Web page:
Traveled to India in 2001 to assist with and study reconstruction after the Gujarat earthquake. Realizing that local residents needed to be armed with knowledge of safe building techniques to prevent building collapse, she founded Build Change in 2004. 70% of managers at Build Change are women. Many trainers the company employs are also female. To ward off jet lag, Hausler relies on running and yoga.

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ANA BLUE WING
2017.12.01
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Elizabeth on Her Management Style "Nowadays my job is to build relationships and partnerships, raise money, and work with our board. It is very managerial. There are good and bad things about that. I miss the direct interaction with homeowners and builders, but it's also very rewarding to see other people get rewards and inspiration themselves from doing that. So now we have multiple people doing implementation rather than just me, and our team is greater than the sum of its parts." Support ANA BLUE WING and help Elizabeth's team achieve more. https://www.ana-bluewing.com/en/changemakers/elizabeth_hausler/ #elizabeth #ANABLUEWING
ANA BLUE WING
2017.11.04
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13 is not unlucky for Build Change In 13 years, Build Change has grown from being a single hands-on engineer-bricklayer to having nearly 200 staff from 13 countries who have trained 27,800 people in the basics of safe construction; created 12,300 local jobs; and created 51,200 safer buildings in 12 countries, with the 257,600 people living and working in them all now safe from building collapse in earthquakes. 42 other organizations now follow their methods. That's Changemaking! https://www.ana-bluewing.com/en/changemakers/elizabeth_hausler/ #elizabeth #ANABLUEWING
ANA BLUE WING
2017.10.20
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Elizabeth’s other favorite book? President Obama's mother S. Ann Dunham's PHD thesis, on cottage industries in Indonesia was published as a book called "Surviving against the Odds: Village Industry in Indonesia”. Elizabeth says: "We've been working in Indonesia for all these years, not only to build safe buildings, but also to create jobs, so I'm keen to start reading her book. Her work feels close to mine in intent, heart and spirit." https://www.ana-bluewing.com/en/changemakers/elizabeth_hausler/ #elizabeth #ANABLUEWING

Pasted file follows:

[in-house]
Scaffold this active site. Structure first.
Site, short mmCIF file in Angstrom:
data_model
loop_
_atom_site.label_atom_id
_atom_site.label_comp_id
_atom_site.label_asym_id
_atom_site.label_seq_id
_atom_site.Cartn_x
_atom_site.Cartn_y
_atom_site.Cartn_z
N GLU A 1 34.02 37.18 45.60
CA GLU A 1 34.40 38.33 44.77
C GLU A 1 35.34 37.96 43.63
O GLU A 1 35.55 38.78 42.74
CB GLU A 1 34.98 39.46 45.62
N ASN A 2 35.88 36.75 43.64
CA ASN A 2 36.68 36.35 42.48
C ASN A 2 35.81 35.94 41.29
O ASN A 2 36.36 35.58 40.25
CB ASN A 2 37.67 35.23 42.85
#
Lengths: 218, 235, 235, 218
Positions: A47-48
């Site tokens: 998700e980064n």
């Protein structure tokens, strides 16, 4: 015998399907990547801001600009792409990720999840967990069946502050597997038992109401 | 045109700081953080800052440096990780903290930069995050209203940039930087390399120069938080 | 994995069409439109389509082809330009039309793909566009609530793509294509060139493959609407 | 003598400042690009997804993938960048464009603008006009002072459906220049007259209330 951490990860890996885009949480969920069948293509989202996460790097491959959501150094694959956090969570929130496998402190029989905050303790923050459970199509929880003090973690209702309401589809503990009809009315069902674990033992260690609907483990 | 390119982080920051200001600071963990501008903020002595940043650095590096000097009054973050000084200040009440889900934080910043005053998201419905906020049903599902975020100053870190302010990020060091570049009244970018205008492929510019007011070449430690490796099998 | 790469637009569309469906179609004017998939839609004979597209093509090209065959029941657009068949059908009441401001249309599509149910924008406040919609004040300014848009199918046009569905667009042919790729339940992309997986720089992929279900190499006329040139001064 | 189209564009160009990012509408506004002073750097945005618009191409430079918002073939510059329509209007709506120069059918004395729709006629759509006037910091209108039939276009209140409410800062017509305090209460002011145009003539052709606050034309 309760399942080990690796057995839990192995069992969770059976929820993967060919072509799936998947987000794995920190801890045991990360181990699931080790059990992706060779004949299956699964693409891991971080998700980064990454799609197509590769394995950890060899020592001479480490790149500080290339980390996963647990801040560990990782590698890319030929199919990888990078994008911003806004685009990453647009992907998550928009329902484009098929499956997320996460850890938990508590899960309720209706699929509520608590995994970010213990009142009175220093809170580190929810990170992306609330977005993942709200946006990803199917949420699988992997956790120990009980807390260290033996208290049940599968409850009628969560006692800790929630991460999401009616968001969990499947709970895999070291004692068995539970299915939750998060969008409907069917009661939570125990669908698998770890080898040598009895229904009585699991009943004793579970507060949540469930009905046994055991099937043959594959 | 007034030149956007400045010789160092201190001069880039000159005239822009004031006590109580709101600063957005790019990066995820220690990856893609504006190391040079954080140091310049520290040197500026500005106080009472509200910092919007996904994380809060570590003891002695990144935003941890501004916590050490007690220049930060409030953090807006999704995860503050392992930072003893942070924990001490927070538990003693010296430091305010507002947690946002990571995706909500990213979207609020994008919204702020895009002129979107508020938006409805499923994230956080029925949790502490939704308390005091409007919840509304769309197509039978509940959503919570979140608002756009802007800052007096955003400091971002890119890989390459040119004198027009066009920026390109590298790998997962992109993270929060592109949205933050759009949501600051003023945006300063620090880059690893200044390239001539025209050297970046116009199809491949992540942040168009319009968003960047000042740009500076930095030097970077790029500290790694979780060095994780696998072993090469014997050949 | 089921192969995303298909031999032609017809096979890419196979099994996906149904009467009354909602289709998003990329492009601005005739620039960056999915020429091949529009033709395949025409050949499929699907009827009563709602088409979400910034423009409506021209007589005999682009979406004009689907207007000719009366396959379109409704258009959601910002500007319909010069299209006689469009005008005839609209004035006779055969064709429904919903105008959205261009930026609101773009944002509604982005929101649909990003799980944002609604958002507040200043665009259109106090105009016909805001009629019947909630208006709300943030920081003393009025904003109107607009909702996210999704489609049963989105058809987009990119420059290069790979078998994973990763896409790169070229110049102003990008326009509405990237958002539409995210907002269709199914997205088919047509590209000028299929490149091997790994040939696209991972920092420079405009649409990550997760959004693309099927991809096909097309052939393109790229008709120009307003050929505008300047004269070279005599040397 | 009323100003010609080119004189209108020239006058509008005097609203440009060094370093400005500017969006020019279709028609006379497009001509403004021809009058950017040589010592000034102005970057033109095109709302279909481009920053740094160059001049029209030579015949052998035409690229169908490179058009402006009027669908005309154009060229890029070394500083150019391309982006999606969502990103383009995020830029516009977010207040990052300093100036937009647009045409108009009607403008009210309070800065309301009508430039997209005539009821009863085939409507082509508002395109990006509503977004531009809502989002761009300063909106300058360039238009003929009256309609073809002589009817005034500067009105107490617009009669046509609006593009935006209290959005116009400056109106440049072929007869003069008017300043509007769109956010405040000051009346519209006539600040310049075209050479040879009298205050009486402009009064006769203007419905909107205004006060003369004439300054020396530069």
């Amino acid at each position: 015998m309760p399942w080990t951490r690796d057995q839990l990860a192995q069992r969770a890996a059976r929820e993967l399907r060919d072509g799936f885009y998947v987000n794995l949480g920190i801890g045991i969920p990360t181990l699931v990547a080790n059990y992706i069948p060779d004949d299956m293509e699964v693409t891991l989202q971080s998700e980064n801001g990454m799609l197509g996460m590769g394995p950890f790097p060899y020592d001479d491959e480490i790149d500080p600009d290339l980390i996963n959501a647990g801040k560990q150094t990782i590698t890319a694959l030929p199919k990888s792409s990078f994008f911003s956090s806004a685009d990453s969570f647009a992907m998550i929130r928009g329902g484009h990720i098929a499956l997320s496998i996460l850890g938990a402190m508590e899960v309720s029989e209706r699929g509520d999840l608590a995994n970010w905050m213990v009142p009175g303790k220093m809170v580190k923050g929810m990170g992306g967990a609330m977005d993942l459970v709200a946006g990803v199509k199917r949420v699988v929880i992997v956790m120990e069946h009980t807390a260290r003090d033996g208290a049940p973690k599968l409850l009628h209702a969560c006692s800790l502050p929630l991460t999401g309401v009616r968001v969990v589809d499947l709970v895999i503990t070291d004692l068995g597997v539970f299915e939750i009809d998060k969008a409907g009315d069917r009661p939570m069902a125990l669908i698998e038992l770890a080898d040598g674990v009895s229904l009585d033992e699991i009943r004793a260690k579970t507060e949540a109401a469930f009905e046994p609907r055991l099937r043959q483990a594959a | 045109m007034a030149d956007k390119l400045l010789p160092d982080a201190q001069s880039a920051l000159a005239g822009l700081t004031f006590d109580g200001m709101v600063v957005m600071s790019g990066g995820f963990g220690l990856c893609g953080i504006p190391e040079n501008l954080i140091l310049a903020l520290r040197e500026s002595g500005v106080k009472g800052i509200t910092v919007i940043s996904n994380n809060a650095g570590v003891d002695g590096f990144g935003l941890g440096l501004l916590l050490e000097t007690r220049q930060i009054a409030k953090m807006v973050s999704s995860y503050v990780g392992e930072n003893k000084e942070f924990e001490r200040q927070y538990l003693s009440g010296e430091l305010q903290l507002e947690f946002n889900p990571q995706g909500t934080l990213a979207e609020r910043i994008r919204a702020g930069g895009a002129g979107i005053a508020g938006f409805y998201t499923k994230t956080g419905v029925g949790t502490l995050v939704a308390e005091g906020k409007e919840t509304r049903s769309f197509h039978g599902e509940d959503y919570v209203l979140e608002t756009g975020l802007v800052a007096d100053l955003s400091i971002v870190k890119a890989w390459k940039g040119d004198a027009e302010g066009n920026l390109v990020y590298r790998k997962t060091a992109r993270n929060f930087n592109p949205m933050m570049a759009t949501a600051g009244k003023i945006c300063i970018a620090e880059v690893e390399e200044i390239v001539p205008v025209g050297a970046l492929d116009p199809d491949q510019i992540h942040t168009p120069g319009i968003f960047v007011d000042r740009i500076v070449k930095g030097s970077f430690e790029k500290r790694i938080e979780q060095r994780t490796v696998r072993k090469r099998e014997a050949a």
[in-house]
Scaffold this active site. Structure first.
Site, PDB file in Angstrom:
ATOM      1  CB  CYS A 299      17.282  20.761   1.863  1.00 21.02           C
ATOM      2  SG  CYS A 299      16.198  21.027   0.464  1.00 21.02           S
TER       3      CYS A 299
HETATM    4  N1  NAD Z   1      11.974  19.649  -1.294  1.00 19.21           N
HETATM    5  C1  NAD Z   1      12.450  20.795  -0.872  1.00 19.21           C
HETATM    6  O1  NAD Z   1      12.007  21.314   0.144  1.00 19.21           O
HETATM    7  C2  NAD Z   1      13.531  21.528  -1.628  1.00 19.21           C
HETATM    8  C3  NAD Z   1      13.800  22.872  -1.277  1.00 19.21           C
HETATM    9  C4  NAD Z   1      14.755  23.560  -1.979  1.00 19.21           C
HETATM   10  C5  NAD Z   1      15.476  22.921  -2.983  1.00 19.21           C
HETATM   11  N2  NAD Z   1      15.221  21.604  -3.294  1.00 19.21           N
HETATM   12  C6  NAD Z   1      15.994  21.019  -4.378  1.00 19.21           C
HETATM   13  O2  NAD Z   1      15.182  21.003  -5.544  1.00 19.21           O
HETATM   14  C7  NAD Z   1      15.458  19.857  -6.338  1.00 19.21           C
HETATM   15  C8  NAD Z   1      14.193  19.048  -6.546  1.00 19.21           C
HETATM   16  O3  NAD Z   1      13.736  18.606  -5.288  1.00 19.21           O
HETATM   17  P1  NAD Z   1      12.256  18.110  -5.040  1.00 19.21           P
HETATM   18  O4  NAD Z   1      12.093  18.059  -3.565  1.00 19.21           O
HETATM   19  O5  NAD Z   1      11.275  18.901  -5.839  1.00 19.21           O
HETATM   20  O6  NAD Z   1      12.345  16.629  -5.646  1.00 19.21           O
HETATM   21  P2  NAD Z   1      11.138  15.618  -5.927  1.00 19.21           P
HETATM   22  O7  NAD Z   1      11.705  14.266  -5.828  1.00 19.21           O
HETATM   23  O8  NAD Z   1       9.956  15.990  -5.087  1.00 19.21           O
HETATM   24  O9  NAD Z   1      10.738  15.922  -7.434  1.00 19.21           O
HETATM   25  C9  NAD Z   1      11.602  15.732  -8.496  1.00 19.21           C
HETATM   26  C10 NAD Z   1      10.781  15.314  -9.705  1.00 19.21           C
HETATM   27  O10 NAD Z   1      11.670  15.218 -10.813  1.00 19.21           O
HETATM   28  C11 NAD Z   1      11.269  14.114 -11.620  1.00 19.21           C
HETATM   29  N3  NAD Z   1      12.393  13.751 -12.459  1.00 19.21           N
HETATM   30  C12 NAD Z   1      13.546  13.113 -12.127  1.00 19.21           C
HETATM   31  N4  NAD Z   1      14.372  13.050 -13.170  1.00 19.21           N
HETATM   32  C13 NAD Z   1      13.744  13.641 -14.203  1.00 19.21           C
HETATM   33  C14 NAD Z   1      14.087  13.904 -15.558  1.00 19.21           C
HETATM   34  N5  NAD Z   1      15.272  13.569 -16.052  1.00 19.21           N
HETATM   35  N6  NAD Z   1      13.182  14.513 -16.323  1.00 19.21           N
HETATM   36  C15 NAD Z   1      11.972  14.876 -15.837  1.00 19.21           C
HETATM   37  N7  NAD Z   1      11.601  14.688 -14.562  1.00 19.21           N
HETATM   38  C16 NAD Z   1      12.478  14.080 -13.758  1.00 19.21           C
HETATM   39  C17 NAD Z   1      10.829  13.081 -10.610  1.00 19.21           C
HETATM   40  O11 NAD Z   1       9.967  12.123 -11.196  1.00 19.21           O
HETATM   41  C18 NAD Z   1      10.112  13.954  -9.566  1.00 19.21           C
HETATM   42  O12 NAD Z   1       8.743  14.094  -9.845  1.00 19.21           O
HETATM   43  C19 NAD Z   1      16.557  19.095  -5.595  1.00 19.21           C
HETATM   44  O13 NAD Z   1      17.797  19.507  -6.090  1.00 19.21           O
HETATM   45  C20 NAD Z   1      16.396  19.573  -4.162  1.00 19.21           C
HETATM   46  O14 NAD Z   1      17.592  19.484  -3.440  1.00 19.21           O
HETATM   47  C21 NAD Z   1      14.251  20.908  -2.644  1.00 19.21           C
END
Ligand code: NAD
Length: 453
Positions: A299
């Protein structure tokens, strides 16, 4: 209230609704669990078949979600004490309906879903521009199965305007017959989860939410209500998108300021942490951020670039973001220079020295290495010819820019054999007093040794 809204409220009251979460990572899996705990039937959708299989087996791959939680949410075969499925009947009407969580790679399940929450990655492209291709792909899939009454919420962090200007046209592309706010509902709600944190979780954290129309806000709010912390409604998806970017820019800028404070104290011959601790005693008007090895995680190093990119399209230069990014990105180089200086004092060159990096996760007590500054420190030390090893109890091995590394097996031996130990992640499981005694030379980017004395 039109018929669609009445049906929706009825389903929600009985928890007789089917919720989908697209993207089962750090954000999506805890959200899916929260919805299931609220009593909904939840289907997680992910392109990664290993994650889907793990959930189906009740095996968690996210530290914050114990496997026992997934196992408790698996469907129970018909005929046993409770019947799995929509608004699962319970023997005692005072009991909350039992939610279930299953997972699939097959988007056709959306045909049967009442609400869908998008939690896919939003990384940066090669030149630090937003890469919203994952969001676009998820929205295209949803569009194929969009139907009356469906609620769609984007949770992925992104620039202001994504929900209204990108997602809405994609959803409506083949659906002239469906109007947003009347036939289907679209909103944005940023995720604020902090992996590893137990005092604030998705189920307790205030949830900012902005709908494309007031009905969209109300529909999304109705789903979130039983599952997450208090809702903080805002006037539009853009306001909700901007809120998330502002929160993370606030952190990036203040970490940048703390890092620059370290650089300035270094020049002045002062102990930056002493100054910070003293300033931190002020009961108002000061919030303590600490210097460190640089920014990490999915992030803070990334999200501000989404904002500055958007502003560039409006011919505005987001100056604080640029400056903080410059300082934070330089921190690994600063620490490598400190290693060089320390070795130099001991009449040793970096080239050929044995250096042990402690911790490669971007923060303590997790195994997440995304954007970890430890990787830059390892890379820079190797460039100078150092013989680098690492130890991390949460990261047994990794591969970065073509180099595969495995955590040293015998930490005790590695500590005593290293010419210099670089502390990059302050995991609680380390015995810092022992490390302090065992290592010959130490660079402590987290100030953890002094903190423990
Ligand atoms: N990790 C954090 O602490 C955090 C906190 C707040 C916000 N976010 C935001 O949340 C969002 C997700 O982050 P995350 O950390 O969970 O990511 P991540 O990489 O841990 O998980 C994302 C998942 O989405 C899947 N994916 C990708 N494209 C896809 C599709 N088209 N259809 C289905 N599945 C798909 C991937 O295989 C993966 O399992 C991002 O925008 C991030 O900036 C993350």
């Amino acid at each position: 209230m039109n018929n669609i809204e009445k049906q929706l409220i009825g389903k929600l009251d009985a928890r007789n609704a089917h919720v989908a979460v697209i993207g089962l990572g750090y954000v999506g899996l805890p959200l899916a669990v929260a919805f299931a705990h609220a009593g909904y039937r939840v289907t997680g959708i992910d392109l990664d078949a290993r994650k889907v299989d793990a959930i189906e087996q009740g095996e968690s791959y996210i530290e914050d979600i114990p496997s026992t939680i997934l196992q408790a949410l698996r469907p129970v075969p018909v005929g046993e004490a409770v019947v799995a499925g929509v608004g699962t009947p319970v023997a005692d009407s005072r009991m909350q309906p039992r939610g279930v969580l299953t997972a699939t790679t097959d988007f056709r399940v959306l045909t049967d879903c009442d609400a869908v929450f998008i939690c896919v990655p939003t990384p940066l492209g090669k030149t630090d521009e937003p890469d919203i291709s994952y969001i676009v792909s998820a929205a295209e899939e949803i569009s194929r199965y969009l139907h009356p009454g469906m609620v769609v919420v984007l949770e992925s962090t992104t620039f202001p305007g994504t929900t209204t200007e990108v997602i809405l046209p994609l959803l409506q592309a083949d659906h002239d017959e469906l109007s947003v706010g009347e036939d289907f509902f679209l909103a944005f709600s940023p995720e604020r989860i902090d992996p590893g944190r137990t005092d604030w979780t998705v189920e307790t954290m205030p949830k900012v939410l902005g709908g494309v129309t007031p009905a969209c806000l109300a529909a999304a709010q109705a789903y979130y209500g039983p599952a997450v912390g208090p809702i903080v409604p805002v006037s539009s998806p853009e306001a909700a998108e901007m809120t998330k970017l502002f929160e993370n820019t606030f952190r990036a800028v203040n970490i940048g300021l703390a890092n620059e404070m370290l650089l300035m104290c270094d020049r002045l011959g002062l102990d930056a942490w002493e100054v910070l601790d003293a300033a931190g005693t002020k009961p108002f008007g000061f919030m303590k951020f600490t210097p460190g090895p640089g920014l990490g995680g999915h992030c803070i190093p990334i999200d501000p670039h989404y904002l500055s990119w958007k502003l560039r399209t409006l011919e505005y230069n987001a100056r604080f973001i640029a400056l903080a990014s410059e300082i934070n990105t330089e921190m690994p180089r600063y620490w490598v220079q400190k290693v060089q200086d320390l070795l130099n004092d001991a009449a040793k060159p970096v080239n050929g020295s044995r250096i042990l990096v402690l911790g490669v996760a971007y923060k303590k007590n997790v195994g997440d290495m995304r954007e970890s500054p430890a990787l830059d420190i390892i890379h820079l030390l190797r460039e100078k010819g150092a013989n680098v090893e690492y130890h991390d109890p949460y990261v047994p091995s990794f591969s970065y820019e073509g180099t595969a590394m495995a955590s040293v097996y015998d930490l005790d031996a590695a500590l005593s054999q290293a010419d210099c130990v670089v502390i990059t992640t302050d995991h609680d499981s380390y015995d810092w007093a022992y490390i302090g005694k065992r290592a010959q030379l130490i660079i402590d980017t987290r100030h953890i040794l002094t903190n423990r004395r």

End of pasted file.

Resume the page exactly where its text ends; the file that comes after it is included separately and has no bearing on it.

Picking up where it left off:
ANA BLUE WING
2017.10.18
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Building Change in Mexico Rebuilding in Mexico hadn't been part of Build Change's action plan for 2017, but training local builders, rebuilding, and refitting houses and schools to prevent future earthquake deaths is an important part of the recovery process. Right now the Build Change Latin America team is on site assessing the damage caused by September's earthquakes, and they need your help. Support ANA BLUE WING and they'll get it. https://www.ana-bluewing.com/en/changemakers/elizabeth_hausler/ #elizabeth #ANABLUEWING
ANA BLUE WING
2017.10.08
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Skill and knowledge are different things Elizabeth grew up in a small town outside of Chicago, worked for her father as a bricklayer, and learned how to lay bricks by doing it on-the-job. She says: "You can't teach a builder how to lay bricks just by showing him or her how to do it. They actually have to do the work and learn on the job. Other organizations would say: oh, just do a demonstration; just train people for a week; show them how to do it and they'll be fine. Well, there's a difference between knowing in theory how to do something, and actually having the skill to do it. Other organizations had the knowledge but lacked skill and did poor work. Our builders get it right first time." https://www.ana-bluewing.com/en/changemakers/elizabeth_hausler/ #elizabeth #ANABLUEWING